1. Cognition and knowledge in science  

How can we value, appreciate, mobilize, and capitalize on the evolved diversity of human knowledge and cognitive styles in academia through the study of:

  • cognitive styles and types of knowledge of minorities in research environments (e.g., neurodiversity)?
  • cognition and knowledge in cultures and populations that differ from those that have traditionally informed academic research (e.g., traditional ecological knowledge, indigenous knowledge, knowledge from practice)?

Who is encouraged to apply?

The 5 KLI Writing-Up fellowships aim to support doctoral students in the final stage of their PhD research. Writing-Up fellowships are individual fellowships for researchers in residence and are awarded to work independently on the applicant’s research project supervised by their advisor of their home university. The 5 fellowships are especially well-suited for two categories of PhD students:

  • Those who have completed empirical research and wish to use the Writing-Up fellowship to elaborate on the (conceptual, epistemological, and methodological) underpinnings and implications of their work.
  • Those whose research deals with the historical, philosophical, and conceptual foundations of research in the disciplines mentioned above in relation to diversity.

Both categories of PhD students should be interested in and eager to extend their research perspective by drawing on novel concepts of evolutionary theorizing, philosophy of science, and cognition research based on long-standing work done at the KLI.

Details of the fellowships:

  • Duration: KLI Writing-Up fellowships are awarded for a period of maximum 6 months. The minimum fellowship duration is three months.
  • Starting date: Fellowships must start within the calendar year of 2022. Ideally, a start date in September/October 2022 is encouraged.
  • Eligibility criteria:
    • Applicants must be enrolled in a PhD program.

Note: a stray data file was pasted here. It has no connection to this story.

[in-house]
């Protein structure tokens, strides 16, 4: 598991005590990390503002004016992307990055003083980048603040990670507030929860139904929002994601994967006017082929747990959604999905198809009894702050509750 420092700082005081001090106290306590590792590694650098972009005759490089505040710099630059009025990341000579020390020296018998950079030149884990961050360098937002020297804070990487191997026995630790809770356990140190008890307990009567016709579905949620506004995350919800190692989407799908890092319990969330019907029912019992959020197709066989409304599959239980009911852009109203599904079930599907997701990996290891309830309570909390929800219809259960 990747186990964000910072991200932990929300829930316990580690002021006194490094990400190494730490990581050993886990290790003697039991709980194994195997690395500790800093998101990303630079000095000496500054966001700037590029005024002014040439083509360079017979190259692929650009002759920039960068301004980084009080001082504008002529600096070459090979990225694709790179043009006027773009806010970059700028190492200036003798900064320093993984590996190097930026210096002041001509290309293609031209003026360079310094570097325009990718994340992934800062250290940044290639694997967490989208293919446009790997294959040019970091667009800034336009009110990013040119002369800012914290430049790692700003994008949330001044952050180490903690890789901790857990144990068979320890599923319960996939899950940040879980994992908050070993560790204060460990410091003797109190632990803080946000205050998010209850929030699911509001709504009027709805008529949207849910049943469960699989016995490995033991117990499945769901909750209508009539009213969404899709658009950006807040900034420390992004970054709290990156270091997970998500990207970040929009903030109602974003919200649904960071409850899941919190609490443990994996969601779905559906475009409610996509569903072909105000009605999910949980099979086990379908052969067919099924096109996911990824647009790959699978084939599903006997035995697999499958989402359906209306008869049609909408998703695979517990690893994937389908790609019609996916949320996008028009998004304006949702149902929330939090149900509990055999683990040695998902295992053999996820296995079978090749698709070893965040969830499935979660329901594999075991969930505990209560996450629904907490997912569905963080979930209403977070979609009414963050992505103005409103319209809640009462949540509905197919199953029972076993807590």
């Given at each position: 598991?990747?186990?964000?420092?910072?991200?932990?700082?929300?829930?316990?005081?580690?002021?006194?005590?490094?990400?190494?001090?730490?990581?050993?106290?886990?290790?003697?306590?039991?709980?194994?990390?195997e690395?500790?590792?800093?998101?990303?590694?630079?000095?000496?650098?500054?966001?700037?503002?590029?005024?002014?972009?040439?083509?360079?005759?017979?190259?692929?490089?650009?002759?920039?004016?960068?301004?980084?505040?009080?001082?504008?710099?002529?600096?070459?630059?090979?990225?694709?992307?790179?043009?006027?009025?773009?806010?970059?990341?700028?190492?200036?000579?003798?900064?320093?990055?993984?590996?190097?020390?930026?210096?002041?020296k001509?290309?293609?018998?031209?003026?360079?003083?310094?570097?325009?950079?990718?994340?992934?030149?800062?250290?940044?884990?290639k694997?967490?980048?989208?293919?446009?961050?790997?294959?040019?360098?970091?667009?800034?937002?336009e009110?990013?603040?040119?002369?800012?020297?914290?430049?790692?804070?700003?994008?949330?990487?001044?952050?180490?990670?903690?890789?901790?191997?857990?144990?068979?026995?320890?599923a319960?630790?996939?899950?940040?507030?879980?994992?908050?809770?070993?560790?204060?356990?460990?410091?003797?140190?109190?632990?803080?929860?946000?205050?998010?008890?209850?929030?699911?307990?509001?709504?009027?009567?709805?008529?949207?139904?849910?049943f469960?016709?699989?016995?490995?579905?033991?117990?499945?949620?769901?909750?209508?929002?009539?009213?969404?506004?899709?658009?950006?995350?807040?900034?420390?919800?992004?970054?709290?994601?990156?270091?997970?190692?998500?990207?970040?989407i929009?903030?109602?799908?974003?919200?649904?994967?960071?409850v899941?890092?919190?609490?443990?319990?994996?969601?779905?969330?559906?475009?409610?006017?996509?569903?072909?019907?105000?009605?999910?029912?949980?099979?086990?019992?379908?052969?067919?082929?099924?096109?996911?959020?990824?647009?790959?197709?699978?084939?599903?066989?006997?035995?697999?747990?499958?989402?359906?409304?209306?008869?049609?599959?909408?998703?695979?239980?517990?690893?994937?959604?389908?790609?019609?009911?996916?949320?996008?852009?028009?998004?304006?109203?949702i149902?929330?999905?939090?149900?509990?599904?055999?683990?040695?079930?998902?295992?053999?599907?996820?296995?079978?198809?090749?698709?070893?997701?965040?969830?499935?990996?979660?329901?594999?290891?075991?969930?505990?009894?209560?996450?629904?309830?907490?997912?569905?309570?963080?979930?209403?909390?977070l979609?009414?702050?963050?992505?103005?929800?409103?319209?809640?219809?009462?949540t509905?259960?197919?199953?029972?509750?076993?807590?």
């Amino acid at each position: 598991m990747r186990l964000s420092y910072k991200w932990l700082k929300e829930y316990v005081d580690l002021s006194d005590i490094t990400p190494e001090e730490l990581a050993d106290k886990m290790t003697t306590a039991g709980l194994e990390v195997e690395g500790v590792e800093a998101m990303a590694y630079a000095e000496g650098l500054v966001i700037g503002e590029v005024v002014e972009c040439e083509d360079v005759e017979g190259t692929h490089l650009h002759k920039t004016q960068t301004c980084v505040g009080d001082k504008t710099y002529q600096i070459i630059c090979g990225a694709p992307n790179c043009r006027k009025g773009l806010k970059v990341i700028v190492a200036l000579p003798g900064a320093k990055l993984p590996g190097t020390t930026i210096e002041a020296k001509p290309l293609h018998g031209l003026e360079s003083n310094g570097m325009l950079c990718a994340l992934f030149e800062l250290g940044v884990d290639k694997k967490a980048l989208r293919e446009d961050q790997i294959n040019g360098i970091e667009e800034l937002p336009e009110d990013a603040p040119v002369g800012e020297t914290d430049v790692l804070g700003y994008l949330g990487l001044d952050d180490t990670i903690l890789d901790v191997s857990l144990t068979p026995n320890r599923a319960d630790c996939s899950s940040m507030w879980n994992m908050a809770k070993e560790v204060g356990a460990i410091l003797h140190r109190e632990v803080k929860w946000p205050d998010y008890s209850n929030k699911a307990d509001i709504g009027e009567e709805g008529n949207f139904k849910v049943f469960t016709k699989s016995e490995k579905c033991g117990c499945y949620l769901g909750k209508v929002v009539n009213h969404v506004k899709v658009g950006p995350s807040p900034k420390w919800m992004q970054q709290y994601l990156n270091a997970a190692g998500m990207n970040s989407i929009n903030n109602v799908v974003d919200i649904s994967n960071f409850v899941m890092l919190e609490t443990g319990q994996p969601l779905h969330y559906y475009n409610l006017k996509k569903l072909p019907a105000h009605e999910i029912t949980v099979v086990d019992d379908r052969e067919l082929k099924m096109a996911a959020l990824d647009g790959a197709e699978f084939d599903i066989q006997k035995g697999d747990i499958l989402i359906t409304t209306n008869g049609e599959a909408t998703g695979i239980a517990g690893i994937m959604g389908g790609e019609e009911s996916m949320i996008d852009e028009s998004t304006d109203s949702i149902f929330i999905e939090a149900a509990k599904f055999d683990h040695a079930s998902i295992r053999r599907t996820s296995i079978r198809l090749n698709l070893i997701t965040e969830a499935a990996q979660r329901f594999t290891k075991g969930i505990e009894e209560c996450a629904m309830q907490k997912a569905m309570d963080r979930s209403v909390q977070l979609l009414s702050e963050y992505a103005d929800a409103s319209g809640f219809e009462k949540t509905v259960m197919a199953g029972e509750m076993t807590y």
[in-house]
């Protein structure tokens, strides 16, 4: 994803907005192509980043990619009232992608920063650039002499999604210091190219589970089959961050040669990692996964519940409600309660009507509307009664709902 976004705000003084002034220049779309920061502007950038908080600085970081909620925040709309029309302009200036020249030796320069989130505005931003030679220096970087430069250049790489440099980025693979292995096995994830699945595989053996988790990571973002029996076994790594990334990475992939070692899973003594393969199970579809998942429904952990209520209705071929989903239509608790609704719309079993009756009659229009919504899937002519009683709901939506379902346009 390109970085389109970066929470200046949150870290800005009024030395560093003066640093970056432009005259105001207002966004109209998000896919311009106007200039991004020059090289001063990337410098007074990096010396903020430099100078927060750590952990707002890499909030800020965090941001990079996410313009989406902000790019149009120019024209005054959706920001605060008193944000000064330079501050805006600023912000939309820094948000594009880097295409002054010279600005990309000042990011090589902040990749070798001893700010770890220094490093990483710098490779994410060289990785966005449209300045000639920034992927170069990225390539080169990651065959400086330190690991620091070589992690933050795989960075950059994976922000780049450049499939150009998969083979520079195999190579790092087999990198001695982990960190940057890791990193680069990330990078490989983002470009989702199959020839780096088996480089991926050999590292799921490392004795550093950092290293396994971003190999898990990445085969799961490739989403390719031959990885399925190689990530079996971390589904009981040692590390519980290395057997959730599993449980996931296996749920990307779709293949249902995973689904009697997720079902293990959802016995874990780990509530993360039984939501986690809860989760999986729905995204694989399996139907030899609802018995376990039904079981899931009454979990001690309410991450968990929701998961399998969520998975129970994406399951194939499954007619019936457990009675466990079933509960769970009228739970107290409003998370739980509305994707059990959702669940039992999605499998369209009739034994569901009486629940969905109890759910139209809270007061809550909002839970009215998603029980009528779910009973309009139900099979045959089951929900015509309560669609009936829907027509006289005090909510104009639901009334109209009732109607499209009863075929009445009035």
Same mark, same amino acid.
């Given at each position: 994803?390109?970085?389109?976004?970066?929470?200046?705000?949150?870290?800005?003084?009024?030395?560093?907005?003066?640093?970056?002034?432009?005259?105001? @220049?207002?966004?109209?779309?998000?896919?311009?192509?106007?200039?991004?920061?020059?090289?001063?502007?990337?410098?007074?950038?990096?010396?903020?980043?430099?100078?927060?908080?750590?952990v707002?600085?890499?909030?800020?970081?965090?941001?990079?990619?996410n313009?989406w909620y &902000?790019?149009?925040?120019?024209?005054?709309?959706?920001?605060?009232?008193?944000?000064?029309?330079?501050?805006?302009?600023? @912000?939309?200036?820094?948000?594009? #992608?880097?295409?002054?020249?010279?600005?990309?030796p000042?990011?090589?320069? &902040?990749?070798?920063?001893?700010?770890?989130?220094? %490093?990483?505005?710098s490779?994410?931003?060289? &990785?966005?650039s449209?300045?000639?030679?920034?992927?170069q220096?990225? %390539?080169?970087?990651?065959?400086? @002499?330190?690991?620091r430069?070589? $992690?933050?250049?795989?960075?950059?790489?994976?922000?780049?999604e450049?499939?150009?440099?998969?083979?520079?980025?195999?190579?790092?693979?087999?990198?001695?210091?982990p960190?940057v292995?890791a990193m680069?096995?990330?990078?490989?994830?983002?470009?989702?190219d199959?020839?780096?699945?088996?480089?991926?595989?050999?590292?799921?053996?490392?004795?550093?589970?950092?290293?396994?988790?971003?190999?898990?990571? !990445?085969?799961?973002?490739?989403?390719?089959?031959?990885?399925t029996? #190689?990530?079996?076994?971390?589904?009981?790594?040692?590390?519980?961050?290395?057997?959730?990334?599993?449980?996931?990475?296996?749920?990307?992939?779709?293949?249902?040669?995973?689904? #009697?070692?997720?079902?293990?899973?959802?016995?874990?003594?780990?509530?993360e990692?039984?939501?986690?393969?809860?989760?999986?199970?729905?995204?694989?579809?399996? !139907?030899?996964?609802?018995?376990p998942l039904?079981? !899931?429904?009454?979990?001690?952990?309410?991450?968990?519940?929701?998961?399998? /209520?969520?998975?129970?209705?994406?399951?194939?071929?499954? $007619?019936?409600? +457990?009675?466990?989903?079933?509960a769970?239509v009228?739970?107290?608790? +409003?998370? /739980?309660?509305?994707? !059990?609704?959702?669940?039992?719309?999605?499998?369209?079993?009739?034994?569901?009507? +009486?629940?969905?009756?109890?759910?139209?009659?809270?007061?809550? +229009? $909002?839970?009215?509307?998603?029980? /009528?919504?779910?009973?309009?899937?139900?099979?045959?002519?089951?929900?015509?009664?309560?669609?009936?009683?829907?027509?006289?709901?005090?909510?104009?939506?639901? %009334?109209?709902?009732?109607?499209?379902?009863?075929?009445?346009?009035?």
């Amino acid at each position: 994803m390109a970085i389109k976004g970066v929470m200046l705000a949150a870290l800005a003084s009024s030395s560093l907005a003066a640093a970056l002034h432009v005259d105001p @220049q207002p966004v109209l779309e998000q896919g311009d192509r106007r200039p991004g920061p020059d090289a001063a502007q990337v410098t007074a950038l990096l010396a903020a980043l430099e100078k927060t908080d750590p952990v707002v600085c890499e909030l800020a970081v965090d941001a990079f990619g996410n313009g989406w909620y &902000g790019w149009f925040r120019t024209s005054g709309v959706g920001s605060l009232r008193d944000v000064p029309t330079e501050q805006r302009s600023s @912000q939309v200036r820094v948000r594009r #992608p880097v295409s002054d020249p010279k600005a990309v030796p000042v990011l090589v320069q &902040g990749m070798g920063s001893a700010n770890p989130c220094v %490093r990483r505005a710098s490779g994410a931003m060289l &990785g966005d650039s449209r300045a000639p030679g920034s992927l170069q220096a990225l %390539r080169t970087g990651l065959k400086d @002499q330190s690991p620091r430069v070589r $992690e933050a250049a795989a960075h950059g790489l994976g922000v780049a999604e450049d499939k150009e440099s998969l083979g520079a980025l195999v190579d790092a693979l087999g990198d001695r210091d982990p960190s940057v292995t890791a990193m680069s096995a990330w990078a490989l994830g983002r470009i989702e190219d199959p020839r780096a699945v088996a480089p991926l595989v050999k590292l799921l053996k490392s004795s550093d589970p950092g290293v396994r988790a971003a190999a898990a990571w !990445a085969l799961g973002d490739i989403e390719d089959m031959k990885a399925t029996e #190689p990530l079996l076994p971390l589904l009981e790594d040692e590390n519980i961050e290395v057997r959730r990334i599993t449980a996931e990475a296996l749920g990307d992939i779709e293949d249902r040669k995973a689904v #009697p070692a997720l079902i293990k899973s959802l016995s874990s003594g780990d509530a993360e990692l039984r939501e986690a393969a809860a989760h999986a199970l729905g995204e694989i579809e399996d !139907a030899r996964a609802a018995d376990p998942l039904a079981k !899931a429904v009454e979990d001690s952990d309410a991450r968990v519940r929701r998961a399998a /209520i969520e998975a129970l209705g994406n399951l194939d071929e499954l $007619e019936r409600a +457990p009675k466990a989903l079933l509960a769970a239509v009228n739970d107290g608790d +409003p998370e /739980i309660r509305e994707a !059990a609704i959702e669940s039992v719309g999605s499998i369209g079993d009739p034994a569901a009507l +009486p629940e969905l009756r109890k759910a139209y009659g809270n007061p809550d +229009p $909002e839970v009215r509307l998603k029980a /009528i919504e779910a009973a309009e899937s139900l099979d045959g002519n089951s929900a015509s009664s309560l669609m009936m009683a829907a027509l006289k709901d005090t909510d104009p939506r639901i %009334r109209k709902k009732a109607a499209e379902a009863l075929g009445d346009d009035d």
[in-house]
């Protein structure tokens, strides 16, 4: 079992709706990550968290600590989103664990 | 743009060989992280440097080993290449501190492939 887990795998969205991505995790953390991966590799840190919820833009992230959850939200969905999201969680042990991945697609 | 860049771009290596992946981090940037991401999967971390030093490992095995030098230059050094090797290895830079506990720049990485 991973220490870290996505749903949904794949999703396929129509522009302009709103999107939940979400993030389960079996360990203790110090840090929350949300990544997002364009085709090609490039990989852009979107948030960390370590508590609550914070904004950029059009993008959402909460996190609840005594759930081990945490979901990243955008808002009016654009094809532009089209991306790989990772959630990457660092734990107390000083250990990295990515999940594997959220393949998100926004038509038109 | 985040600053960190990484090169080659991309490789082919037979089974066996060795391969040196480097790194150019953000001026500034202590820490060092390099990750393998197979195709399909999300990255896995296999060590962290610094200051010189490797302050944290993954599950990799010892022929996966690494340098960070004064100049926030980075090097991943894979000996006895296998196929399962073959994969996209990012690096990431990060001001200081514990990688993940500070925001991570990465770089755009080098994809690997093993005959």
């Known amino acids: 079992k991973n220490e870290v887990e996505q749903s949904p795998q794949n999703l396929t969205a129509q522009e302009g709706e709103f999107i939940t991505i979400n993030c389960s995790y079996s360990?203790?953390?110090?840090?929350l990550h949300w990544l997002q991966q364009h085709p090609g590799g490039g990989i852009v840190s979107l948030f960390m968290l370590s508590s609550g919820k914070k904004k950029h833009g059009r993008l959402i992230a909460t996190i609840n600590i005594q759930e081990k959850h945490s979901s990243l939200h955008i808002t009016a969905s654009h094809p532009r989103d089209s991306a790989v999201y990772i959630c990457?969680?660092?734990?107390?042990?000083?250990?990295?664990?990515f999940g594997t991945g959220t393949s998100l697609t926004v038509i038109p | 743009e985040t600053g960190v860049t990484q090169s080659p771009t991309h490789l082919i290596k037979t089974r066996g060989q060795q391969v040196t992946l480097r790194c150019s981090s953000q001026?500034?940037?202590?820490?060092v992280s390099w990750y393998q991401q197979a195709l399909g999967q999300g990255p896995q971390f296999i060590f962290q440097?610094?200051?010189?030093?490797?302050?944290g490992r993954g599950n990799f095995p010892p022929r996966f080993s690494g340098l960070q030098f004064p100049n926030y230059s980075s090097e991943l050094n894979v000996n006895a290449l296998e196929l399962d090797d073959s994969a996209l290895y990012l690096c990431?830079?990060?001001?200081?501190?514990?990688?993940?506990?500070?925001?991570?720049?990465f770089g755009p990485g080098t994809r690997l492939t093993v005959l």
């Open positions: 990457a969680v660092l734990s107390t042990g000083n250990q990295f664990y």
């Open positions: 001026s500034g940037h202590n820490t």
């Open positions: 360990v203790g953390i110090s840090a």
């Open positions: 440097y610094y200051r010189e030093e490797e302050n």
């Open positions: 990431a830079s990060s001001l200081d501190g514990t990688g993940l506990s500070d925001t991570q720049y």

• Applicants are in the final stages of their PhD work (as certified by their advisor).

Benefits of working at the KLI:

  • Being part of the KLI Resident Fellowship Program: Students awarded a KLI Writing-Up fellowship will be part of the KLI Resident Fellowship Program and will enjoy all benefits connected to this position.
    • While working on their own project, the Writing-Up fellows will participate in the regular activities of the KLI (e.g., KLI Colloquia, KLI Lab).
    • The Writing-Up fellows will also be able to participate in workshops and professional development activities at the KLI.
    • The successful applicants will work in a highly interdisciplinary environment and will be connected to a wide network of scholars and institutions inside and outside Vienna.
  • Relocation Allowance: The KLI will cover transportation costs for the move to Vienna or Klosterneuburg. The KLI will provide accommodation in the vicinity of the institute for the first two weeks of the fellowship.
  • Travel Budget: KLI Writing-up Fellowship provides a travel budget to attend scientific events related to the project.
  • Use of KLI facilities and library: Each fellow will have a workspace in the beautiful and stimulating facilities of the KLI.

Application and selection procedure


Step 1

Aspiring applicants fill in the Contact Form. Please specify “Cognition and Knowledge: Between Evolution and Sustainability Writing-Up Fellowship” in the motivation section of the form.


Deadline: February 28, 2022



Step 2

The KLI selection committee will notify the aspiring applicant. The successful ones will be invited to submit a full application.


Between February 28 and the end of March, 2022


Step 3

Applicants will submit their full application to the following email address:

Deadline: April 1, 2022




Step 4

The selection committee will send out the application to external referees.



Step 5

The KLI Board of Directors will make a decision about the applications and invite the successful ones for an interview.


Between April and mid- May 2022

Step 6

The interview will take place at the KLI by using video conference technologies.


By the end of May 2022


Step 7



The KLI Board of Directors will make a final decision on the application.


By the end of June 2022

Expected start of fellowship

Step 8

Cohort 2022 of Writing-Up Fellows will start their fellowship at the KLI

September/October 2022


Important: Forms and detailed procedures for the full application will be provided only to applicants after Step 1.



A full application will comprise:

  • Summary of the PhD project
  • Description of the part of the PhD project to be pursued at the KLI during the Writing-Up Fellowship
  • Motivation statement
  • Reference letter from the applicant’s PhD advisor/supervisor
  • CV including publication list

The applications will be selected using the following criteria:

  • Theoretical relevance of the project
  • Interdisciplinary aspects of the project
  • Societal relevance of the project
  • Feasibility of work-plan
  • Fit with the KLI mission and vision